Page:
2024 market outlook: Expect activity in sectors that lagged in 2023

January 3, 2024

My husband, Tom, does not always enjoy the sometimes wild rides of the stock markets. This cartoon made me chuckle.

After the bear market of 2022, markets jumped in late 2023 on the expectation of future interest reductions, ending 2023 in solidly positive territory. Many types of bonds were up, as well as stocks. The 2023 upswing brought your 2022 “buy lows” (implemented as suitable) into nicely positive territory. For example, the October buy low is now up more than 30%.

2023 Investment Index Examples

Investment type 2023 return
Bloomberg 1-3 Year Treasury Index +5%
U.S. Quality Bonds (Bloomberg Aggregate) +6%
Global Bonds (Bloomberg Global Aggregate) +6%
International Emerging Markets (MSCI EM) +10%
Small/mid U.S. Stocks (Russell 2000) +17%
International Developed Countries (MSCI EAFE) +18%
Large U.S. Stocks (S&P 500) +26%

Outlook for the coming year

Our outlook for the coming year is constructive. We believe that the next 2-3 months may bring positive results, with a possible rotation away from the overbought “Magnificent Seven” (Microsoft, Amazon, Alphabet, Apple, Nvidia, Tesla, Meta) to the sectors that lagged in 2023 and, therefore, have upside potential, i.e., small/mid stocks, dividend-paying stocks, etc.

After that, we believe that election fears may reduce markets, because markets hate uncertainty. Markets are often positive after elections, no matter who is elected, simply due to the increased clarity. All in all, we look for 2024 markets to end in positive territory with the key driver being declining interest rates.

Many clients are asking us about the upcoming presidential election. Of course, there is always the possibility of an event that is destructive to our system. Barring that, long-term returns historically have been similar whether a Democratic or a Republican is elected.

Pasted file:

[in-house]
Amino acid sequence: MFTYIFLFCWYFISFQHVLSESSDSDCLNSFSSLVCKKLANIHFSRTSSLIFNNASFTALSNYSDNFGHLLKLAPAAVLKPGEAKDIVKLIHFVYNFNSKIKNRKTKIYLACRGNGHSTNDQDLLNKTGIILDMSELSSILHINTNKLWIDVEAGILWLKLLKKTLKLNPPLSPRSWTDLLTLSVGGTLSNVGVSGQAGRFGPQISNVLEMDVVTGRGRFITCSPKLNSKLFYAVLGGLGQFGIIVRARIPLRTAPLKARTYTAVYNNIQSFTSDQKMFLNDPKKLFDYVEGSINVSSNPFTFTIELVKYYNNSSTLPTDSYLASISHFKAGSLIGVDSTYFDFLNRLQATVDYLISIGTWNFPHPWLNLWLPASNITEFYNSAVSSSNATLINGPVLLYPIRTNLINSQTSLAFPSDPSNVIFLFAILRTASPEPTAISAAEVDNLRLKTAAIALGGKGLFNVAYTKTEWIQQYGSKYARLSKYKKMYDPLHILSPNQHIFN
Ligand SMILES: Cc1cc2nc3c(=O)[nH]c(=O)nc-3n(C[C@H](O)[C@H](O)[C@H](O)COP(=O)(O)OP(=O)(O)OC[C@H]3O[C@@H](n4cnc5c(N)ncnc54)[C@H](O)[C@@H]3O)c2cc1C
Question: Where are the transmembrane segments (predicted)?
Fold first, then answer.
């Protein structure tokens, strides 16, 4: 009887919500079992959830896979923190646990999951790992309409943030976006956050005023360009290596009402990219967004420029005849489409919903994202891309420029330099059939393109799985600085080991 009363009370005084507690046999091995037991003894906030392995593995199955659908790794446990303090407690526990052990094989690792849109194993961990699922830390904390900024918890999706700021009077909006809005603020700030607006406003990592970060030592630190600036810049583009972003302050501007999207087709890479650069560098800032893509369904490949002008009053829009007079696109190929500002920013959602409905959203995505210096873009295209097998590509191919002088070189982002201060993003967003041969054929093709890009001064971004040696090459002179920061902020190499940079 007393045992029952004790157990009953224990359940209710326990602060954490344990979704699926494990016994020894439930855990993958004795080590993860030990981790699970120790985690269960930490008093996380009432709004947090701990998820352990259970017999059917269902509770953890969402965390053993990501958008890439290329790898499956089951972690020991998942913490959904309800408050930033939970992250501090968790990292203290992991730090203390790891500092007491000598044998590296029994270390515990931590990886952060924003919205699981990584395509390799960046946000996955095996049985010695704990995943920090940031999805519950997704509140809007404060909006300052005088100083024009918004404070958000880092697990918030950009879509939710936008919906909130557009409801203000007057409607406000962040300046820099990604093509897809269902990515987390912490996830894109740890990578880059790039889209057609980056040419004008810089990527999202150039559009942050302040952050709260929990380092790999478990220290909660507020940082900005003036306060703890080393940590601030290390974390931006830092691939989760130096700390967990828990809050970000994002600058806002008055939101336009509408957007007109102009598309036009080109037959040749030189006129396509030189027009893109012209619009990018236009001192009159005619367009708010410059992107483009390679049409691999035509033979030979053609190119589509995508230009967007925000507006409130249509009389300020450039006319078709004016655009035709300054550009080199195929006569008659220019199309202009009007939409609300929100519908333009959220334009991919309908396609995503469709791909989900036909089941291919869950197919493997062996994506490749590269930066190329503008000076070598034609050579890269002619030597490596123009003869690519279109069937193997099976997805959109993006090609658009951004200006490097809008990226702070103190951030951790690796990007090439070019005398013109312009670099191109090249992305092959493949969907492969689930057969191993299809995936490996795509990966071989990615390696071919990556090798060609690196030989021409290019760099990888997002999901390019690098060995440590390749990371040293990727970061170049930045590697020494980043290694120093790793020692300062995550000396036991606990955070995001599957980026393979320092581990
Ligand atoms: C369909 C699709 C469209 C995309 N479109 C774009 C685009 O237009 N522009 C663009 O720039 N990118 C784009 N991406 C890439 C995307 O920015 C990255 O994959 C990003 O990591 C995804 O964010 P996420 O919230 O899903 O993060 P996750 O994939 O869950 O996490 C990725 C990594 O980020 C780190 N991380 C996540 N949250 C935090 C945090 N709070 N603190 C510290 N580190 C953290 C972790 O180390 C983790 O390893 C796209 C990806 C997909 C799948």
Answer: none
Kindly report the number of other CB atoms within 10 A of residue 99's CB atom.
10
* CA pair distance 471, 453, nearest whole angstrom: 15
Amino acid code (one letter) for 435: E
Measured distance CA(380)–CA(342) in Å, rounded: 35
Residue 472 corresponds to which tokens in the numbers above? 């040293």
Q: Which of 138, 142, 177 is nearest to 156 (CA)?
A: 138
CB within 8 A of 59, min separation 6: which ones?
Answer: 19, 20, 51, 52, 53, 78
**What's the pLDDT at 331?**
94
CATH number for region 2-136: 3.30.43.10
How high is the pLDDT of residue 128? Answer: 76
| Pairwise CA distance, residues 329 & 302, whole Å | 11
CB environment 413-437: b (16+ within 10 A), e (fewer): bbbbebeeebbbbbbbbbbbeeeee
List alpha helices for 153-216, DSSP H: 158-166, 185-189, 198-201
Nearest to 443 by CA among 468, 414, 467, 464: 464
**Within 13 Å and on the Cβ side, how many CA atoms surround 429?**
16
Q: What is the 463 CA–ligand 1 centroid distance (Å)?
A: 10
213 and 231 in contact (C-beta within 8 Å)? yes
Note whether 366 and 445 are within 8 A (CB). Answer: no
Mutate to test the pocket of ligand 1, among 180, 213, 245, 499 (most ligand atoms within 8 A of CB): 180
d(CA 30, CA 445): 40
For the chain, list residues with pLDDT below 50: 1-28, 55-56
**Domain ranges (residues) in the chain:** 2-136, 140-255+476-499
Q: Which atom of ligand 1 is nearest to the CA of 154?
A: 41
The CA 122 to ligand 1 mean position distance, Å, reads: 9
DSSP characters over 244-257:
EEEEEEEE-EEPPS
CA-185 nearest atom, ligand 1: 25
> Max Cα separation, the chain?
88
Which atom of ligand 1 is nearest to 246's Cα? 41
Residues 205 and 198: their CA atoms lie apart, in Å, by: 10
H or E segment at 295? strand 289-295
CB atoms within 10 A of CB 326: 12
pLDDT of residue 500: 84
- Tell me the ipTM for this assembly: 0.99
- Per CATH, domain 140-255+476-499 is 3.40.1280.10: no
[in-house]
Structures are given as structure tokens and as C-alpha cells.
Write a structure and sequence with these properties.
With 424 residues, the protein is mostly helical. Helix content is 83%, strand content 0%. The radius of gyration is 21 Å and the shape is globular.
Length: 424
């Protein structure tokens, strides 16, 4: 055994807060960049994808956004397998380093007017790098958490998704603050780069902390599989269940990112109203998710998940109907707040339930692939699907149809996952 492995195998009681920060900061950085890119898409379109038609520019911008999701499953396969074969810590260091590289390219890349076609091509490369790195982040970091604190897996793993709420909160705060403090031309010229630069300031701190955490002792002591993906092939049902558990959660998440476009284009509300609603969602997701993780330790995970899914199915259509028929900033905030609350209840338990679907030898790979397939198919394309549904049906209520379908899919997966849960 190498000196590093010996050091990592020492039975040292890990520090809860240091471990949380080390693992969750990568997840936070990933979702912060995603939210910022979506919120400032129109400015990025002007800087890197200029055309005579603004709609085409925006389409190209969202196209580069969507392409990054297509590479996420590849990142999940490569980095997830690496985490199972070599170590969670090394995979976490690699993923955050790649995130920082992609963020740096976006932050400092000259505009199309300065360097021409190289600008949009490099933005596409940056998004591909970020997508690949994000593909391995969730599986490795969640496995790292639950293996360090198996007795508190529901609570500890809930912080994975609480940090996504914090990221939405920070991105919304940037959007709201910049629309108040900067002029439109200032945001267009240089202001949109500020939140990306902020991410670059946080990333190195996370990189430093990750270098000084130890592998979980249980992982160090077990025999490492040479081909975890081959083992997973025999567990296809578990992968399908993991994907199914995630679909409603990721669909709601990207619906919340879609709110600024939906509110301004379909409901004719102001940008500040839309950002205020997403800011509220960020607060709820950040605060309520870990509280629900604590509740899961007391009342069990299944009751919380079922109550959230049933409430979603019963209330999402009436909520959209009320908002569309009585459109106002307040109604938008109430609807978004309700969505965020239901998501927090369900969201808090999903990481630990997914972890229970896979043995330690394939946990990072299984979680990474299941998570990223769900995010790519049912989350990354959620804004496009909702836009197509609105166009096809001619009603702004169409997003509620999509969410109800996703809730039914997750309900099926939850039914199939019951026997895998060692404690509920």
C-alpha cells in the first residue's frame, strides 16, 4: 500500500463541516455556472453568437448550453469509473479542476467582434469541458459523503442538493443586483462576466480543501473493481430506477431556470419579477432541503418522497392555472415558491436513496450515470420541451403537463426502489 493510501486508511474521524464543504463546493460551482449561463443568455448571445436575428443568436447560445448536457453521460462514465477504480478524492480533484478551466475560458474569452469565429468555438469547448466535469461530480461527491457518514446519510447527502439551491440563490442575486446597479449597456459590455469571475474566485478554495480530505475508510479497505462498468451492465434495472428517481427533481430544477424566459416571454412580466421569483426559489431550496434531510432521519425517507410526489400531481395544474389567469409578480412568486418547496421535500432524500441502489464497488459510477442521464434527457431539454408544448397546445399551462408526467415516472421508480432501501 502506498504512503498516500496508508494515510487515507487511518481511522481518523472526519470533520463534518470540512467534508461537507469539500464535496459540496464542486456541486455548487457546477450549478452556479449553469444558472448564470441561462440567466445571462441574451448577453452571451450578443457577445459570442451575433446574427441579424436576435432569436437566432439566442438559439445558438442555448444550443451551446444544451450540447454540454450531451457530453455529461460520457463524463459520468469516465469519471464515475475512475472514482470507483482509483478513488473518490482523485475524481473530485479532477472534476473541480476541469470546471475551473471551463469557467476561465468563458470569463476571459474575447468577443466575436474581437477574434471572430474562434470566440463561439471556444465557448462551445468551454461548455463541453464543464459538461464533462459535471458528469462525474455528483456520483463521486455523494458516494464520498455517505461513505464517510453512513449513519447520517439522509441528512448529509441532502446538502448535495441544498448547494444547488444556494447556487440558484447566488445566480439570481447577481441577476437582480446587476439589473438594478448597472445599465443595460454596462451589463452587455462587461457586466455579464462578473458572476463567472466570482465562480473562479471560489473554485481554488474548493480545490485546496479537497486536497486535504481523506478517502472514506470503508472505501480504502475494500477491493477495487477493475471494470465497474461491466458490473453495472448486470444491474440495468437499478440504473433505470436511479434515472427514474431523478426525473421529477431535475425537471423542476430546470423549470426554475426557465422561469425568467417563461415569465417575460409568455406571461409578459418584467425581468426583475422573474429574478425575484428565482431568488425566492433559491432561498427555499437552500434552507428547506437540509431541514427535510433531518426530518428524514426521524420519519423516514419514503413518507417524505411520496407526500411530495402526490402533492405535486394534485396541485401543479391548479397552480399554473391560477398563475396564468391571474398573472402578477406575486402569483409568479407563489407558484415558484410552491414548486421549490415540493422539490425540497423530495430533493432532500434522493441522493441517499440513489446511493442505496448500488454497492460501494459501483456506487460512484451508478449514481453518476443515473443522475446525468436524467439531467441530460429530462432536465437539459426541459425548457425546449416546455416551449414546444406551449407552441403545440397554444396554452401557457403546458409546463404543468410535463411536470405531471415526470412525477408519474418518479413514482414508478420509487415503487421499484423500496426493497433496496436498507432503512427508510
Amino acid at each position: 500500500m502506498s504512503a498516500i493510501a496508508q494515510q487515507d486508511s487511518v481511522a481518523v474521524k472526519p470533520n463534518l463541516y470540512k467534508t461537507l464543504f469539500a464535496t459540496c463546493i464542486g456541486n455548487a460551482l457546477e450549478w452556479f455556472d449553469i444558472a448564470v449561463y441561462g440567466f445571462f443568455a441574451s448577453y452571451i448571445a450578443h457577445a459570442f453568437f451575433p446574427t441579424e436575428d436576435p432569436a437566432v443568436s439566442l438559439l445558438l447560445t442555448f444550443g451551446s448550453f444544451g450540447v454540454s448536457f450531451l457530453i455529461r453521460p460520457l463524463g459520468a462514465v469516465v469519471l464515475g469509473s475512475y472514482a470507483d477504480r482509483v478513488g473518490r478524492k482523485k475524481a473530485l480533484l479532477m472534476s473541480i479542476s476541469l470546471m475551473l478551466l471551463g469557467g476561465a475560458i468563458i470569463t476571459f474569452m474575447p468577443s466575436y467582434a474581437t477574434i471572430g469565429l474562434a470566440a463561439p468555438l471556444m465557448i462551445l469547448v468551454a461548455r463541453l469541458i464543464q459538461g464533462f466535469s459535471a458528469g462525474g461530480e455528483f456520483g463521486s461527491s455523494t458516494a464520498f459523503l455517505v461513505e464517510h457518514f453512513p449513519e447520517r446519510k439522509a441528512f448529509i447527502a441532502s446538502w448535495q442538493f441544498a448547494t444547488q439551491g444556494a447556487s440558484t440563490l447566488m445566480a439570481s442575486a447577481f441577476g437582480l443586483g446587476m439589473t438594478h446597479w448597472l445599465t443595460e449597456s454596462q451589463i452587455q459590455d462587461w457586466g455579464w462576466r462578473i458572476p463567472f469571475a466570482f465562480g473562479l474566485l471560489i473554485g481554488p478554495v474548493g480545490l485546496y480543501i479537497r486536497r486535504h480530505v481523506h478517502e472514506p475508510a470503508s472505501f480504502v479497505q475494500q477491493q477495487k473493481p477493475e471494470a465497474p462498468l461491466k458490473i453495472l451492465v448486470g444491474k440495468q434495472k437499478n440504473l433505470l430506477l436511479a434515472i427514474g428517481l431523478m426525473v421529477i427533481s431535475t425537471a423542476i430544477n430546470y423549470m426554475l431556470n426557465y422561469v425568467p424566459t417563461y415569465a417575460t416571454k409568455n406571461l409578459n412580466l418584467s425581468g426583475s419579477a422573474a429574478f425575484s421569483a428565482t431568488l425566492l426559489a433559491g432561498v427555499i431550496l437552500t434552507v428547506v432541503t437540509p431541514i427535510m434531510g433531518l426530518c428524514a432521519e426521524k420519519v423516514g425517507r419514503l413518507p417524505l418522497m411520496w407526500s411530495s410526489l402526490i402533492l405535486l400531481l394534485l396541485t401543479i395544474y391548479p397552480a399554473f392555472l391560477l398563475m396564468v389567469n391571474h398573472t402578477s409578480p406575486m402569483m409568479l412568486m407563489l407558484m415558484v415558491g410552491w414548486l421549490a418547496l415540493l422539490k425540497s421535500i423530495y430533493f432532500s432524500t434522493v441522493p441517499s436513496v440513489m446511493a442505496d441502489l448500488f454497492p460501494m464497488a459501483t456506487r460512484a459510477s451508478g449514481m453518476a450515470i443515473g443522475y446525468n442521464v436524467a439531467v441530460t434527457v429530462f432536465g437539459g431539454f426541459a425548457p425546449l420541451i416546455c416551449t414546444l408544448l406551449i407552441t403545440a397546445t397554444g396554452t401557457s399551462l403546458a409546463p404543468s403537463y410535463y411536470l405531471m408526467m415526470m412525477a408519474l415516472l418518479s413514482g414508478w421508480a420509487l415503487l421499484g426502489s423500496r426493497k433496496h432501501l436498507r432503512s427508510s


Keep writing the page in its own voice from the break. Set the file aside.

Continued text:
More Detail: We like the Capital Group’s Summary for 2024. If you enjoy reviewing investment details, take a look.

Market reaction to elections

International fossil fuels update

Are we starting to see the beginning of the end of the fossil fuels era? As you may remember, when I visited Europe, I was impressed by the many solar panels on homes, whether old homes or newer, whether steep roofs or flat. See this article about the annual U.N. Climate Conference, which was held in, of all places, a petro state. And for the first time ever, the conferees, many from petro states, added this to the agreement, “Transitioning away from fossil fuel in energy systems, in a just, orderly, and equitable manner, accelerating action in this critical decade, to achieve net zero by 2050 in keeping with science.” Imagine agreeing to that when your country’s key business is oil.

New form for business owners

Now for the challenging news: business owners have another government form to file — for Beneficial Ownership. The goal of this form is to avoid money laundering by clarifying to federal authorities who truly owns companies. If you run any type of business, including any small home business, self-employed, 1099 business, or Schedule C business, please consult your CPA or tax advisor at your early convenience about whether this filing requirement applies ot you. One CPA with whom we discussed this requirement said that the penalities for non-compliance are “massive.” Consider sending this information to anyone you know who has any type of business.